EGU General Assembly 2021
© Author(s) 2021. This work is distributed under
the Creative Commons Attribution 4.0 License.

Modeling underwater sound from future offshore wind farms southeast of Gran Canaria Island

Melania Cubas Armas1, Alonso Hernández-Guerra1, Eric Delory2, David Dellong3, Verónica Caínzos1, M. Dolores Pérez-Hernández1, Daniel Santana-Toscano1, Cristina Arumí-Planas1, and María Casanova-Masjoan1
Melania Cubas Armas et al.
  • 1Unidad Océano y Clima, Instituto de Oceanografía y Cambio Global, IOCAG, Universidad de Las Palmas de Gran Canaria, ULPGC, Unidad Asociada ULPGC-CSIC, Canary Islands, Spain
  • 2Plataforma Oceánica de Canarias (PLOCAN)
  • 3Département Acoustique Sous-marine (ASM), Service Hydrographique et Oceanographique de la Marine (SHOM), 13, rue du Chatellier, CS 92803, 29228 Brest cedex 2, France

The European Union aims to achieve carbon neutrality by 2050. Therefore, it is crucial to increase the use of renewable energy. One clean energy source is the wind, and during the last decades, several countries have developed wind farms, not only on land but also in the ocean. Most offshore wind farms have been installed in shallow waters; however, recently, open ocean offshore floating wind farms are being installed in deep waters due to stronger and steadier wind occurring in these areas. Thus, offshore wind turbines are a potential new source of underwater noise. Noise can propagate underwater having the potential to affect marine mammals and fish, among others. Floating wind turbines are known to reduce the installation and decommissioning noise in contrast to fixed-bottom turbines but, nevertheless, the noise produced by the operation of the turbines and the anchoring systems have been scarcely studied, and it is still unknown whether added noise could significantly affect behavior or even hearing capacity in the long term. In the framework of the JONAS European project we anticipate a regional use case with a future installation of a commercial offshore wind farm, to determine how noise would propagate in the region, from installation to operation, and potentially impact (or not) local fauna, focusing initially on mammal groups. In this study, we use the RAM model (Range-dependent acoustic model) which is a parabolic equation (PE) code that calculates the propagation of sound in the ocean using the split-step Padé solution. RAM needs information about the temperature and salinity in the water column to calculate sound speed profiles, as well as the bathymetry and a geo-acoustic model of the bottom. It returns the transmission loss depending on the depth and distance to the source. We have applied the RAM model to an area located in the southeast of Gran Canaria Island, where a plan for a floating wind farm is under consideration. Results and suggestions about the negative impact on marine mammals known to live in this location are presented.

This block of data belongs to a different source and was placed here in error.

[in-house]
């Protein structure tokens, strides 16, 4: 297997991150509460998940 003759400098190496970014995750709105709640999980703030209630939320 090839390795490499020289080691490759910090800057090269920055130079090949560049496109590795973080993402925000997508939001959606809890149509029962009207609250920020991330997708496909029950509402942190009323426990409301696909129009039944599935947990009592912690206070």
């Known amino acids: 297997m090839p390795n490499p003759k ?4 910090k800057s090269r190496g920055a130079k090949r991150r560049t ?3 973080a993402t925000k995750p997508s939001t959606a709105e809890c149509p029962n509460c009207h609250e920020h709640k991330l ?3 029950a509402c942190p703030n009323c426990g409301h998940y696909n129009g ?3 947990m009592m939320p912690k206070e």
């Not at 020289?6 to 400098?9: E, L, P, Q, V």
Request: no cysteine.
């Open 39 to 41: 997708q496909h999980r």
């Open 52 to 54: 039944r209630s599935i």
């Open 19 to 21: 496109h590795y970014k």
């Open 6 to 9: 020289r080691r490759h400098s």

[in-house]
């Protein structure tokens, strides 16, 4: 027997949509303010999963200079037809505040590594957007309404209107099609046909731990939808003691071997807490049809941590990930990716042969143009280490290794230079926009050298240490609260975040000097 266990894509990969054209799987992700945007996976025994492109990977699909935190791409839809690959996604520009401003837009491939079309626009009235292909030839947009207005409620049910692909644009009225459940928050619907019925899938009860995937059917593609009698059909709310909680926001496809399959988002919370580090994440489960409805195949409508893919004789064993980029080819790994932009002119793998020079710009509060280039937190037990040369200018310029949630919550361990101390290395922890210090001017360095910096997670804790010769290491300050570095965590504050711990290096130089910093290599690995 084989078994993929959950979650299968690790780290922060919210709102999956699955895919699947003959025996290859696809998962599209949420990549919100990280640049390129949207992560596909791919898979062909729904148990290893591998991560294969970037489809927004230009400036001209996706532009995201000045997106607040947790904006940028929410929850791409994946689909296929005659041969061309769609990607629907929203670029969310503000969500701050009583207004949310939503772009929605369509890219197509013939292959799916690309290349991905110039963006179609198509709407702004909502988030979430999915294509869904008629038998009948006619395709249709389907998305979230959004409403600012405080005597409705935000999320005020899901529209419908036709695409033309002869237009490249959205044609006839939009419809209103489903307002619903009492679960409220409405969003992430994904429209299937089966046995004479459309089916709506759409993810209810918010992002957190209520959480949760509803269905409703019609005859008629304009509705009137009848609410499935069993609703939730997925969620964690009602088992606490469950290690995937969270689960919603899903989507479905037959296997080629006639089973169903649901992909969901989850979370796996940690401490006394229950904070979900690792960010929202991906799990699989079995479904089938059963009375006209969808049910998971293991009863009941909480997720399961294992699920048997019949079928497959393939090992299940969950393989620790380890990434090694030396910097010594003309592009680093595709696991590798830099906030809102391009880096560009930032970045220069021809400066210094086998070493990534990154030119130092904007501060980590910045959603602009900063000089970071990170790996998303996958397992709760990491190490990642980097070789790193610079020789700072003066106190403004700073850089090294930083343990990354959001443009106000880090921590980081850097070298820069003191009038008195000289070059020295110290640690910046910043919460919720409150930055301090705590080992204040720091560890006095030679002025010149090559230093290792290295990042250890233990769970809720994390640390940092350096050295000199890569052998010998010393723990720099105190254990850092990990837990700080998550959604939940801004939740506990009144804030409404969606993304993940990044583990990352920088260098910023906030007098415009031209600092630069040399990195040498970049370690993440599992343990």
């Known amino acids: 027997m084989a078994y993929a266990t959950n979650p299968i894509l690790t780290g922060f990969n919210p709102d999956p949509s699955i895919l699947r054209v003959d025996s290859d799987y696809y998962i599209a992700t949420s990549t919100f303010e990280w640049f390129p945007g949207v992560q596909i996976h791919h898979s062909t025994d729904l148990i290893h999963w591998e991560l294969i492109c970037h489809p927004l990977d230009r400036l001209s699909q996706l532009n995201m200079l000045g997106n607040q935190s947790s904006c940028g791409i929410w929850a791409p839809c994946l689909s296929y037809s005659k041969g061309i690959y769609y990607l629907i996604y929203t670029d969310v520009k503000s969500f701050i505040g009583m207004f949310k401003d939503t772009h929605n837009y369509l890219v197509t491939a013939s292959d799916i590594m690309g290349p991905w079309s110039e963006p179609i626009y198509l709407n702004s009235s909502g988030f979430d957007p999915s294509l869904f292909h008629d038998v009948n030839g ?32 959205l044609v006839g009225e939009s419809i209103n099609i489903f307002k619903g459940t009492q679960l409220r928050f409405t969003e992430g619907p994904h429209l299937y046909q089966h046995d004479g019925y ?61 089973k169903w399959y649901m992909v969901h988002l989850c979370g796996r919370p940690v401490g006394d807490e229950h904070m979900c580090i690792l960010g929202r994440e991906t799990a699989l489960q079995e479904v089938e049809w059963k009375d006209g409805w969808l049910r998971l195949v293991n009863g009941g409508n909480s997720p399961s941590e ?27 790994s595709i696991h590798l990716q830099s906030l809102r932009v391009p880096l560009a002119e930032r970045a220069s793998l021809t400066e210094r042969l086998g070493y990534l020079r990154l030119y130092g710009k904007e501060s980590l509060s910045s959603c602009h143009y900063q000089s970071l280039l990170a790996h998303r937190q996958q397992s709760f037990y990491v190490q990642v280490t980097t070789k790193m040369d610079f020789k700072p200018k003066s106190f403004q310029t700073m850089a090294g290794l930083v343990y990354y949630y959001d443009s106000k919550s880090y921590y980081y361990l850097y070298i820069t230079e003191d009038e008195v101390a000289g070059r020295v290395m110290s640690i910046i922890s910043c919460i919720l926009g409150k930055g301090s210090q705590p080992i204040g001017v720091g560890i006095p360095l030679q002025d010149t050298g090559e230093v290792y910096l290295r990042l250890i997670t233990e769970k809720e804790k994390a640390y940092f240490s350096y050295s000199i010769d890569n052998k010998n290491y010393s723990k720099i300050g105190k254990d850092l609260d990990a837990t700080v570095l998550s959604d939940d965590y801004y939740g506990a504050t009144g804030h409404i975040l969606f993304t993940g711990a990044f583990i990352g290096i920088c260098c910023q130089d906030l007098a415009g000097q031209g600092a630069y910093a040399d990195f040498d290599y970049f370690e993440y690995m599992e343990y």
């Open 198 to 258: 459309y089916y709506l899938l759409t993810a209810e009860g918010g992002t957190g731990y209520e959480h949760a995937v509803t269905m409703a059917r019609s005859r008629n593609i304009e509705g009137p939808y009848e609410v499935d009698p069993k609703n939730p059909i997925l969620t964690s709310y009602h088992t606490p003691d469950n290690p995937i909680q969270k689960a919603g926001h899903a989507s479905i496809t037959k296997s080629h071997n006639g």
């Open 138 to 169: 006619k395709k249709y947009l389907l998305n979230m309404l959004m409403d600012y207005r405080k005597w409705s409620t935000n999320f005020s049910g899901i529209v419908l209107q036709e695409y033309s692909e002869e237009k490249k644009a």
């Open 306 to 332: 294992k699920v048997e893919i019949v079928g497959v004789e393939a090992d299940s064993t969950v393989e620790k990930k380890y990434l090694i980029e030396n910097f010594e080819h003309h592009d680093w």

How to cite: Cubas Armas, M., Hernández-Guerra, A., Delory, E., Dellong, D., Caínzos, V., Pérez-Hernández, M. D., Santana-Toscano, D., Arumí-Planas, C., and Casanova-Masjoan, M.: Modeling underwater sound from future offshore wind farms southeast of Gran Canaria Island, EGU General Assembly 2021, online, 19–30 Apr 2021, EGU21-12326,, 2021.